Spend a Magical Vacation in Kauaʻi, Hawaii

Sandy beaches with coconut trees, clear turquoise water, rewarding hikes, an endless scenic drive, deep green mountains, great places to snorkel, and fresh fruits. These are only some of the reasons to choose this island for your next vacation destination.

After one week full of expiriences we spent in Hawaii last summer, we This article will provide you with itinerary ideas and tips on how to spend a magical vacation in Kauaʻi, Hawaii.

Some interesting anecdotes about Kauaʻi:

  • It is the fourth-largest island in Hawaii.
  • Its nickname is Garden Island.
  • The first Polynesian inhabitants settled there between 200 A.D. to 600 A.D.
  • Captain James Cook was the first European to set foot on the island in 1778.
  • It became part of the Kingdom of Hawaiʻi in 1810.
  • It is the home and habitat for thousands of feral chickens (Moa in Hawaiian) wandering freely around.
  • It has been featured in more than seventy Hollywood movies and television shows.
  • The first woman elected to the Hawaii Territorial Legislature was Rosalie Keliʻinoi, in 1925, representing Kauaʻi.
  • The first Japanese-American to be elected mayor in the US was Joann Yukimura, who was also the first female mayor of Kauaʻi (1988-1994).

Check out some general tips for planning your best vacation:

  • Getting there: Lihue Airport, AKA LIH, in Lihue, the second largest town on the island.
  • The island is relatively small, but no road encircles it, so make sure to plan a good home base, preferably in the middle, or divide your stay between the north and the south, depending on how long you like to drive each day and if you are a traveler who prefers to explore places in greater depth. We arrived in the south first, drove through the center up north, then to the island’s west side, which has a large forest and hiking parts.
  • Plan ahead and note that advance entry reservations are needed for Nāpali Coast State Wilderness Park home to the Kalalau Trail, and Hāʻena State Park home to Ke’e Beach.

Places we visited in South Kauaʻi

Waimea Canyon State Park and Koke’e State Park

This park is also known as the Grand Canyon of the Pacific, and the name Waimea is Hawaiian for reddish water.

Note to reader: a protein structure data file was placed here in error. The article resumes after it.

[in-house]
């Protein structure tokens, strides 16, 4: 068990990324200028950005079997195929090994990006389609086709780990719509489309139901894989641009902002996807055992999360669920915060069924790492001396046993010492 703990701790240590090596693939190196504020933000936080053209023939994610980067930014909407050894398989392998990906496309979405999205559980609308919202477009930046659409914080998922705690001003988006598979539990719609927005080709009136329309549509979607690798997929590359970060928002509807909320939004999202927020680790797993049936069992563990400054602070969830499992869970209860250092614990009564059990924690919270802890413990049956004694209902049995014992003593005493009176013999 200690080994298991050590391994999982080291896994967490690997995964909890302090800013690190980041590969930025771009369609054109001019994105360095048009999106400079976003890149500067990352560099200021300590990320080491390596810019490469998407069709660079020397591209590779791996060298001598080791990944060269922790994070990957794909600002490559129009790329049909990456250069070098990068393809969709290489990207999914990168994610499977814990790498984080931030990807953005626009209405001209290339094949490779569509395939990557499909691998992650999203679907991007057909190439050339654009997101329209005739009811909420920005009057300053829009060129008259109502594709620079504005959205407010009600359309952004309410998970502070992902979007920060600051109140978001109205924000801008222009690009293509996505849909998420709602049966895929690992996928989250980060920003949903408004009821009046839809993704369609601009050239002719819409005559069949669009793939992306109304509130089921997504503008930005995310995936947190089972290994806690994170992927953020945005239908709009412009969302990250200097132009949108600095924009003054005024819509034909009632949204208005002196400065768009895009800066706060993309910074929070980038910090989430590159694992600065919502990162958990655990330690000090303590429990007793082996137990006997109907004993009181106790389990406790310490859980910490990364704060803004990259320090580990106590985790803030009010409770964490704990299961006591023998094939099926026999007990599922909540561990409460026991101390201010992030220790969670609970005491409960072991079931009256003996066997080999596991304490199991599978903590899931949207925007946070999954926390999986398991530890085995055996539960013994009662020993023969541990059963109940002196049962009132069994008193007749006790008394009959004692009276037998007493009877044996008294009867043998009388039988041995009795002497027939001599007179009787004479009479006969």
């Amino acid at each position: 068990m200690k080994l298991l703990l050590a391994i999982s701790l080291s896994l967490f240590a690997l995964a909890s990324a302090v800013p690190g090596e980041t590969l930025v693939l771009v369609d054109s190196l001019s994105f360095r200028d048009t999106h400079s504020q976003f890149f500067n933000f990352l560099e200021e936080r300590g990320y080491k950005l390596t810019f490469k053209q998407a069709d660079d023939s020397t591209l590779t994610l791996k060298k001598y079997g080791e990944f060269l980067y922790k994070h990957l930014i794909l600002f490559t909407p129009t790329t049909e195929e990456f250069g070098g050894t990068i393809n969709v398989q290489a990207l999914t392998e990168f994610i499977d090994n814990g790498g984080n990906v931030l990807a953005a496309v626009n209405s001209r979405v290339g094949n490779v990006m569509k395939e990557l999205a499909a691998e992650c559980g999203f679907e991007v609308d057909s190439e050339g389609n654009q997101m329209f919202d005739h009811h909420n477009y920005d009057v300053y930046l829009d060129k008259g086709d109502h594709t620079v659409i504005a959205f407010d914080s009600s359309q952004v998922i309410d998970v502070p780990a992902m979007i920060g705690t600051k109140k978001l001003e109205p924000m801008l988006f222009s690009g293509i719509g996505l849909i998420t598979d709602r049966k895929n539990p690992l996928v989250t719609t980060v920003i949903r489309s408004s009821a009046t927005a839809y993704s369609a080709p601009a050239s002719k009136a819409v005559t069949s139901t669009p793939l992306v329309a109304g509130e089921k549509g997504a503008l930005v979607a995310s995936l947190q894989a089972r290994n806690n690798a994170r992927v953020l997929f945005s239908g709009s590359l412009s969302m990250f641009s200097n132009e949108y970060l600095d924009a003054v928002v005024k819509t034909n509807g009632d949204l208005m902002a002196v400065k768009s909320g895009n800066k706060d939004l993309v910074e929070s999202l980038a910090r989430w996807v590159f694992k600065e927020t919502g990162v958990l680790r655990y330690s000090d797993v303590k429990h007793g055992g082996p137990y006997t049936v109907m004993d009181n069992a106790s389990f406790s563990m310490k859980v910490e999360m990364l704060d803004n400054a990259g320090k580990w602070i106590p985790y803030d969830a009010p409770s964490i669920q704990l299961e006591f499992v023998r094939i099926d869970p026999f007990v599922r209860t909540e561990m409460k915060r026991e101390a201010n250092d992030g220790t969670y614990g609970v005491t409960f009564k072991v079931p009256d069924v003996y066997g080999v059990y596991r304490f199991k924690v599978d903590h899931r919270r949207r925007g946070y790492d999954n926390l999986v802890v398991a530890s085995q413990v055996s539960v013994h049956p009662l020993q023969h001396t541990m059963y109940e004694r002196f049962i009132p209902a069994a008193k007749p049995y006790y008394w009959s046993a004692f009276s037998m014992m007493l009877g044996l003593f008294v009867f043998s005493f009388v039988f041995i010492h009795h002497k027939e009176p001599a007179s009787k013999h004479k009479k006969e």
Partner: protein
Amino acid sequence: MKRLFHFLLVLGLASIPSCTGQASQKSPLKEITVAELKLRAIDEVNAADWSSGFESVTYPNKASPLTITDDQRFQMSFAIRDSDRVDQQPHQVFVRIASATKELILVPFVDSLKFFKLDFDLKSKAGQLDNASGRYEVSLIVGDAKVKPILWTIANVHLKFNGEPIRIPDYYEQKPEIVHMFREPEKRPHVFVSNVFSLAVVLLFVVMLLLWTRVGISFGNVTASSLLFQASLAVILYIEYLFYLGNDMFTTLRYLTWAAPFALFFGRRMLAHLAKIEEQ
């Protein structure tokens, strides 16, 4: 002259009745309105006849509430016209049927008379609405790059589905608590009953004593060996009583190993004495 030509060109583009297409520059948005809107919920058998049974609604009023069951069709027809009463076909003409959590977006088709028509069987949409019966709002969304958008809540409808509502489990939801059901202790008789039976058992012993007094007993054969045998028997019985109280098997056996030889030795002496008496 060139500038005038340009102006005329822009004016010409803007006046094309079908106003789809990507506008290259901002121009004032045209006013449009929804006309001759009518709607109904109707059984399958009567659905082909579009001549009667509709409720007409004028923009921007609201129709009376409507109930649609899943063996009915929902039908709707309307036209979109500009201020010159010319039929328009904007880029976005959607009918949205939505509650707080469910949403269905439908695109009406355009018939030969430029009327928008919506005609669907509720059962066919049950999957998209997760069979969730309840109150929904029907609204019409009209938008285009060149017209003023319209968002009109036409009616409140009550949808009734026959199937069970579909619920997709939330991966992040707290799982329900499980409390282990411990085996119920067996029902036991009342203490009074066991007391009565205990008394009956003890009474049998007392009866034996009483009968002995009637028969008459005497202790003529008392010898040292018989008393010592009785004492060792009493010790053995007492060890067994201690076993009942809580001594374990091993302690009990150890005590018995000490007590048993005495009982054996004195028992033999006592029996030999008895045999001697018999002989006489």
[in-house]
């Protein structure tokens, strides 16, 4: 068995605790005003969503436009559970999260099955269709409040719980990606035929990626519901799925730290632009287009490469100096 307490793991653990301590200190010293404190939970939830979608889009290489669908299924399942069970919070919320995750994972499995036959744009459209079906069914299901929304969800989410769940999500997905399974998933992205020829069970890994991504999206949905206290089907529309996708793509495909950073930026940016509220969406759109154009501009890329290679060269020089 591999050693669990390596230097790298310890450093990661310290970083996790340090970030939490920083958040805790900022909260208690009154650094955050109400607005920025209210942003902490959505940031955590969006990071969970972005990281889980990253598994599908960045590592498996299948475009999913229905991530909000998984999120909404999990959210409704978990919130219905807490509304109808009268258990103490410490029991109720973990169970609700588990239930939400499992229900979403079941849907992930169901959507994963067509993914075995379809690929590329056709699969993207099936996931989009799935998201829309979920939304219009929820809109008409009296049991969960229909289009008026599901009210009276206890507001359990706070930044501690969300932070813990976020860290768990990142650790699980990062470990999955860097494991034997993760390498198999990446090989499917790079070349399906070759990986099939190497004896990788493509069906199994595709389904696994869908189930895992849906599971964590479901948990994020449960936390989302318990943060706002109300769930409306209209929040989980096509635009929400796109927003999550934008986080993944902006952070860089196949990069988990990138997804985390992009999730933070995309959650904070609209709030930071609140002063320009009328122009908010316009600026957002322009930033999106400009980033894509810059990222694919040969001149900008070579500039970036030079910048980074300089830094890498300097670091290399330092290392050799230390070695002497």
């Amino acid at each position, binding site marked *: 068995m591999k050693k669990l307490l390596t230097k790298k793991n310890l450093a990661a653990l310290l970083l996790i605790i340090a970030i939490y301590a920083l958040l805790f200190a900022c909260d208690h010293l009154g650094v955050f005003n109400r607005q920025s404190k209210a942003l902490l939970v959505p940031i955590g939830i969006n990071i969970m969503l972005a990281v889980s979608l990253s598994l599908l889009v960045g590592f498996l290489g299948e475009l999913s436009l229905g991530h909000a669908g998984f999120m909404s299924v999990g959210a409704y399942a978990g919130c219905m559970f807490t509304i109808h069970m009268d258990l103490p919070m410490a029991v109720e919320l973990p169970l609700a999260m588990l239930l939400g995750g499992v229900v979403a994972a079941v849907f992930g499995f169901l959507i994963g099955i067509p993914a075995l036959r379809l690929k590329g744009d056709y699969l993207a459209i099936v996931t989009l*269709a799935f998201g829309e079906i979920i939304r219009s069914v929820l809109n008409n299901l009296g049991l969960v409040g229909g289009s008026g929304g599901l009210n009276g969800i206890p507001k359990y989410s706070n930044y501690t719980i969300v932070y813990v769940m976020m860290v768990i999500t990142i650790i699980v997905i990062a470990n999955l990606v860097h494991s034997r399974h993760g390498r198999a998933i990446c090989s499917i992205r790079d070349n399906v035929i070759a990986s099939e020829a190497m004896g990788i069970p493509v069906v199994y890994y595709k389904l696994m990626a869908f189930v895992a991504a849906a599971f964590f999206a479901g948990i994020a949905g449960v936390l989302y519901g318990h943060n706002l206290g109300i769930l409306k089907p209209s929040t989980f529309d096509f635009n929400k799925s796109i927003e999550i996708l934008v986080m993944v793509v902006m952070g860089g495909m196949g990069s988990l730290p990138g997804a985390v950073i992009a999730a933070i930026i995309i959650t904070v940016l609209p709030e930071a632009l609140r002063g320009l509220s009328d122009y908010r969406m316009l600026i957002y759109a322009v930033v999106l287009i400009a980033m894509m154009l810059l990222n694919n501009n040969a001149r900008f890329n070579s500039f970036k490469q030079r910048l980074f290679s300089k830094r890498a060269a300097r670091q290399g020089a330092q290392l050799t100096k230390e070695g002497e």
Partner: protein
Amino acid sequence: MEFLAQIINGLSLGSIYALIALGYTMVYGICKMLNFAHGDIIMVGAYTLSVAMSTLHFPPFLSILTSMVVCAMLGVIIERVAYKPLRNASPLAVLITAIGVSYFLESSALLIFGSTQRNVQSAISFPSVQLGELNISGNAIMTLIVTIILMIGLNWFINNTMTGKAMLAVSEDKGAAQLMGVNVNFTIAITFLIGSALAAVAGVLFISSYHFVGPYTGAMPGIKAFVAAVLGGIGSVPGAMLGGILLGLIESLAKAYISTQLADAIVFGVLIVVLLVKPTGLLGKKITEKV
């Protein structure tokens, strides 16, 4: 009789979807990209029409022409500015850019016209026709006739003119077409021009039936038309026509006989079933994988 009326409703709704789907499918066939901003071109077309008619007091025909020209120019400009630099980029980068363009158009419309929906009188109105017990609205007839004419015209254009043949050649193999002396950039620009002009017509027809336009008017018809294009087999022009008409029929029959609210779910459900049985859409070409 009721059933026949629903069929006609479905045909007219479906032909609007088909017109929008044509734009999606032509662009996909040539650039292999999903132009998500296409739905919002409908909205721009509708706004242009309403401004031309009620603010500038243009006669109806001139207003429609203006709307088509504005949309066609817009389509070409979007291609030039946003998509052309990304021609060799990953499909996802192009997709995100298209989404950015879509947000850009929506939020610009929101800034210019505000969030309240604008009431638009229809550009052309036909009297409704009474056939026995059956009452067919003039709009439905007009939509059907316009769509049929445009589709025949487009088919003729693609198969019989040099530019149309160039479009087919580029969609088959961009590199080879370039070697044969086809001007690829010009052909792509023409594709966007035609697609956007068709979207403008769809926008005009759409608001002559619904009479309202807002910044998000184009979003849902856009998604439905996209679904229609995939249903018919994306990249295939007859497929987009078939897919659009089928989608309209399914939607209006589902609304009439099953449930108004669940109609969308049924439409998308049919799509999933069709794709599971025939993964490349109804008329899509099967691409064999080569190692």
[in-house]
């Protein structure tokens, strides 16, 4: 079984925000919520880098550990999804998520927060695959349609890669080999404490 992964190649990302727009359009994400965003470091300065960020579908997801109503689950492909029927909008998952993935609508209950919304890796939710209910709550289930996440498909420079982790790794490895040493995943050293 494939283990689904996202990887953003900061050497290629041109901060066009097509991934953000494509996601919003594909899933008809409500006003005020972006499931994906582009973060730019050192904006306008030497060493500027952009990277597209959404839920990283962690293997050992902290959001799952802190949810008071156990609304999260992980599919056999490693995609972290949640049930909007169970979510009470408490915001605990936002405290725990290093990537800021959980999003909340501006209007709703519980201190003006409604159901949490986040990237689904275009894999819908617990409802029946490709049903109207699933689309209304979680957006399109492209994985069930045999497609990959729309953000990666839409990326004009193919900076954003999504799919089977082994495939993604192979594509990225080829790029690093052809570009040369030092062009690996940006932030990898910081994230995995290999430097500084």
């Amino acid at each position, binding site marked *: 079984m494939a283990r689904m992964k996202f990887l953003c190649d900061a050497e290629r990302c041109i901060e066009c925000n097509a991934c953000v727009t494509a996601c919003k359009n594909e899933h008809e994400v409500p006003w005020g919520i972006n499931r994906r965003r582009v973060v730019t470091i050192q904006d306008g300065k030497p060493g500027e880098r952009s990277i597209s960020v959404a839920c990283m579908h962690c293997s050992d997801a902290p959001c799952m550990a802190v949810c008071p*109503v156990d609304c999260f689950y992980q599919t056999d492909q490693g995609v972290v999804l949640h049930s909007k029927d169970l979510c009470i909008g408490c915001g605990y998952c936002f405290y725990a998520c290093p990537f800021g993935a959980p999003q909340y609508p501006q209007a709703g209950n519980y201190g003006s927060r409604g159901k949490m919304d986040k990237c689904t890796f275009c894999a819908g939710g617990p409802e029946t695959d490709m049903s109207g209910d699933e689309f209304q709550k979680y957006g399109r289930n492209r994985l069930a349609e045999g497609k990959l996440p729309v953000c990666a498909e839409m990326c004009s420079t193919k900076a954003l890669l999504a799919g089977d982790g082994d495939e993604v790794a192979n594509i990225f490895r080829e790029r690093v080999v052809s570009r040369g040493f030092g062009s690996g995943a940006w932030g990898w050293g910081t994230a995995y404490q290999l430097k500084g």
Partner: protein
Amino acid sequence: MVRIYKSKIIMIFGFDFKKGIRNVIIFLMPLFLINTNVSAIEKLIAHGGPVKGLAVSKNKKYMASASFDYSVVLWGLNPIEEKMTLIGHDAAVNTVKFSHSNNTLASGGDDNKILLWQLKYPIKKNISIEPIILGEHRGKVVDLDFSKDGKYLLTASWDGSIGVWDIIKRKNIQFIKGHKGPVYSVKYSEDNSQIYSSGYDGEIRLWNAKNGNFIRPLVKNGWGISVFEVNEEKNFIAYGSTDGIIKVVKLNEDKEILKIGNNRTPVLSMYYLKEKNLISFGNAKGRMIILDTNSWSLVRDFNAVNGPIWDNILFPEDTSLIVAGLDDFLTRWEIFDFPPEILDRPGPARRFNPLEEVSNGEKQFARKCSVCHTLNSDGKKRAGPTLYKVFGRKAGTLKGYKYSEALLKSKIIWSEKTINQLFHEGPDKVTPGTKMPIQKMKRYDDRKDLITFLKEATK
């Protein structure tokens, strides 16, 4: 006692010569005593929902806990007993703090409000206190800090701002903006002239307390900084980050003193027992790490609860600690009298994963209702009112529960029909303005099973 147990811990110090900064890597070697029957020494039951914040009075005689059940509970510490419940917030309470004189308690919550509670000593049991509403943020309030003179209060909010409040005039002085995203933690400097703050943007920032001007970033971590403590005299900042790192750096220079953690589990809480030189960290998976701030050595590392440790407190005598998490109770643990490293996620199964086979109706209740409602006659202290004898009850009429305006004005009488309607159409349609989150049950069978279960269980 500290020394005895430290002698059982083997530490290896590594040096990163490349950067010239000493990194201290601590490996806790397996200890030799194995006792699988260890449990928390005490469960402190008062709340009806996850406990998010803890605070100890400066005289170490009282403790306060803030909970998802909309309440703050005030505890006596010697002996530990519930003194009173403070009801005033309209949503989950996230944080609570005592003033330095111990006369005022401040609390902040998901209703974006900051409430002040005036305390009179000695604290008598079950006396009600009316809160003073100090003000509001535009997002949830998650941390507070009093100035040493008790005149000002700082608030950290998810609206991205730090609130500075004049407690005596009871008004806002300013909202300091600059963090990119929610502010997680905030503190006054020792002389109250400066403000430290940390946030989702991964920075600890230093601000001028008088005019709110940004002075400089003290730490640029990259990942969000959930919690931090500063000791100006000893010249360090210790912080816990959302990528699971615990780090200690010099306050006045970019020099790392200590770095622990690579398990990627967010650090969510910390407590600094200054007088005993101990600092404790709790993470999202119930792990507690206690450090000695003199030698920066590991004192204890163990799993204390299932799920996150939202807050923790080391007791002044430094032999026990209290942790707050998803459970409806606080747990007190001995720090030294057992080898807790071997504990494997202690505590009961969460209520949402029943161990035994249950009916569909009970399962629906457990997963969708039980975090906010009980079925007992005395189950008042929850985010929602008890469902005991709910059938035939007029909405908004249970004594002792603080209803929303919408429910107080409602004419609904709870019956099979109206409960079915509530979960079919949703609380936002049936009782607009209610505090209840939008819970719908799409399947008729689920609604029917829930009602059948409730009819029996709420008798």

Koke’e State Park begins where Waimea Canyon State Park ends. Both parks offer scenic drives, lookout points that show different angles of the canyon, and many trails for different levels.

Be aware that there are limited accommodation options and only one place to purchase food and beverages. You can stock up in Waimea before starting the drive into the park.

You have to pay a one-time fee at the kiosk in the parking lots. It is $10 per vehicle and an additional $5 per person for the day.

We recommend starting your day at the park early and driving to the end of the road to Pu’u O Kila Lookout since the views from the highest lookout points get obscured by clouds by late morning.

The Pu’u O Kila Lookout is the starting point to the lovely and not-so-difficult Pihea Vista Trail. The hike is in a tropical forest with views of the mountains, the valley, and the ocean. The trail can be muddy and slippery in some parts, so prepare accordingly.

Back to the parks’ main road, the next stop is at the Kokee Lodge Cafe & Bar and Kokee Natural History Museum.

Enjoy watching the wild chickens roam freely at this elevation.

On your way back to the road from Koke’e State Park to Waimea Canyon State Park, do not miss these lookouts:

  • Waipo’o Falls Lookout
  • Pu’u Ka Pele Lookout
  • Red Dirt Waterfall and Viewpoint of Ni‘ihau Island

There is no designated parking space for this stop, so park safely by the side of the road.
Stand near the waterfall, admire the water flow in the red dirt, and notice the island you see from afar; it is called Ni’ihau and The Forbidden Island, privately owned by the Robinson family. In 1864, Elizabeth McHutchison Sinclair purchased it from King Kamehameha for $10,000. The family preserves the environment and Hawaiian traditions. The island can only be visited by invitation.

Further information can be found on the official websites: Waimea Canyon State Park and Kokee State Park.

Maha’ulepu Heritage Trail

A 2-mile one-way trail that follows the coastline on Kauaʻi’s south shore offers spectacular views of dunes and sandstone pinnacles among the crashing waves.

Near the golf course, there are sometimes sea turtles in the water and monk seals lying on the shore.

The hike is mostly flat and easy, but there is hardly any shade, so make sure to bring sun protection and water.

See the Nā Pali Coastline with a Boat Tour